5 Responses

  1. yrhmblhst

    Well, we never got the Mk 3 over here, so I cant comment other than to say I really, really like the looks of it. BUT… we did get the first two, and I might hafta disagree with the author here just a bit.
    I imagine that the debate may well be due to my limited experience with the Mk I and the diferences in engines available in our respective markets to be fair, but personally, I found the Mk II to be a nicer car. Were the bumpers more / too bulbous? Yes, but thats not Fords fault is it? I think they did a good job considering. The Mk 1 was available with only the 1600 and 2.0 litre 4 as I remember. A friend had a 1600 engined car that I got to drive; nice little car – have always loved the looks of the Capri – but really anemic. Steered nicely, handled well, braked well. But really short of breath.
    The second gen tho was available with the OHC4 or two versions of the 2.8 six as I remember. When the larger engine was installed, the car became fun. The interior was nicer also. Tried to buy a red 2.8 engined RokStok modified car, and owned a bright yellow [stock] 2.8 manual trans unit for about 30 minutes…but thats another story for another time.
    Theyre about as rare as piles of unicorn potty over here these days, else I would seriously consider a Mk II – preferrably in yellow – as a fun car to this day.
    YMMV, different strokes, etc etc.

  2. Claus Ebberfeld

    Well, @yrhmblhst , if you only got the Mk1 with the fourpots (I had no idea and it DOES sound very strange) I can certainly see your point. I’d still say the original design and its details were both better and bolder, but of course there should be something to back it up.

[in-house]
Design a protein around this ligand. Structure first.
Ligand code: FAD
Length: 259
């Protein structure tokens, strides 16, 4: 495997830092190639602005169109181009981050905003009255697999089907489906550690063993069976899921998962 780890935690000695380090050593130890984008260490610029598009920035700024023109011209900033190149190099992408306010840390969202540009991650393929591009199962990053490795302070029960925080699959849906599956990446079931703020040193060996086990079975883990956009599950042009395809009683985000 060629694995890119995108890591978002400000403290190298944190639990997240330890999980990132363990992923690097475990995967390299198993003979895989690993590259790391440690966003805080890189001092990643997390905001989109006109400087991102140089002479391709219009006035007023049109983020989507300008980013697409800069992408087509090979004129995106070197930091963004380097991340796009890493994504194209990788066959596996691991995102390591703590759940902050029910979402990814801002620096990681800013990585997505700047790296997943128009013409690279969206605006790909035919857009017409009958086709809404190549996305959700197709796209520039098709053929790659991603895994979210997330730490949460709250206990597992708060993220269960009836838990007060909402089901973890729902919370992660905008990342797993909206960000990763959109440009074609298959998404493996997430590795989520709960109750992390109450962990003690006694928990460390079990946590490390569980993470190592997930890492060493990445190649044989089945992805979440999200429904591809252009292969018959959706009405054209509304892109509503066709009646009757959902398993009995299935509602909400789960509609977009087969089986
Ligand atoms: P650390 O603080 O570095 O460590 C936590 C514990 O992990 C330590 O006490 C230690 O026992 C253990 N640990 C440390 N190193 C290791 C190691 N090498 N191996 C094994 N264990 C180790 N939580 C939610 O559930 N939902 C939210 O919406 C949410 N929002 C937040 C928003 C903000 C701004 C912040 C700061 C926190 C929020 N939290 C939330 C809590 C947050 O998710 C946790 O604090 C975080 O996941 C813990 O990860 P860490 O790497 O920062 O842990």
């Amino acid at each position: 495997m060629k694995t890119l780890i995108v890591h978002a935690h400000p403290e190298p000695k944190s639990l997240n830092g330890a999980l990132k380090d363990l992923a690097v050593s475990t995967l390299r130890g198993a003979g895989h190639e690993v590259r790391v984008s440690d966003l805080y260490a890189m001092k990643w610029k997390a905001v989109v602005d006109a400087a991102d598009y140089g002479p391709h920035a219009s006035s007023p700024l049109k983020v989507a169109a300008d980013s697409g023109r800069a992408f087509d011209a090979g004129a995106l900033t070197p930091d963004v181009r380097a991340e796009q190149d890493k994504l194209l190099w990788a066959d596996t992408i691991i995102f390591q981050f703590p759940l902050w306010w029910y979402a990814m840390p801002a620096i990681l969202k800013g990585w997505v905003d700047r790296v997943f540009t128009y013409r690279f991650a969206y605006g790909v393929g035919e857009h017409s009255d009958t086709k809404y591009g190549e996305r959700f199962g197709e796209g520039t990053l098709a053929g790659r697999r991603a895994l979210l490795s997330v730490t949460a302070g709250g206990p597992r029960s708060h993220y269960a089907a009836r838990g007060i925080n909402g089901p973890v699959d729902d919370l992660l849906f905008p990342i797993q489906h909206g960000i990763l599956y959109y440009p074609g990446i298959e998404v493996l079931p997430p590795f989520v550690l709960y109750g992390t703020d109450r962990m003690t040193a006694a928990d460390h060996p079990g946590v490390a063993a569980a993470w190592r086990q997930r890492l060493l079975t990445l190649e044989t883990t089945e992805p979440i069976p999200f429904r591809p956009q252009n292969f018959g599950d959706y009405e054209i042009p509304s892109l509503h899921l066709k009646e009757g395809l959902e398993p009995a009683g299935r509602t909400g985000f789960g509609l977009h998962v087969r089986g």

In Europe there was: The 3-litre Essex V6-engine (the same as in my Scimitar GTE, by the way) was enough to give the Capri a definite (for Europe…) muscle car-attitude, and they do really sound quite lovely. Even better than the 2,8-litre Cologne V6, that it seems the US got? And which Europe got in the Mk3 as well.

    As the Essex formed basis for all the early motorsport (with the Mk1) it is for me an integral part of the Capri-history. Without that in the Mk1 I’d be inclined to agree with you.

    Or I’d just jump straight into the Mk3 2.8i!

  3. Tony Wawryk

    At the time, I used to think of the Capri as being a Cortina in drag, but have modified my view over the years and quite like them nowadays. A friend of mine ran no fewer than four 2.8i Mk III’s (consecutively, not concurrently!) and it wasn’t hard to see the appeal, but I’m with Claus on this one – if I were to pick a Capri, it would be a Mk1 from a styling perspective, but I’d take a Manta A over any except perhaps the 3-litre.

  4. Dave Leadbetter

    I had a couple of MKIII 2.8 injections around the millennium, when I lived in Essex; the spiritual home of all fast fords. They were great fun when they could be picked up for £2k but I’m not sure they’re such a good bang for your buck at five or ten times that. Nice cars though, and ones I should have stashed in the barn I didn’t have.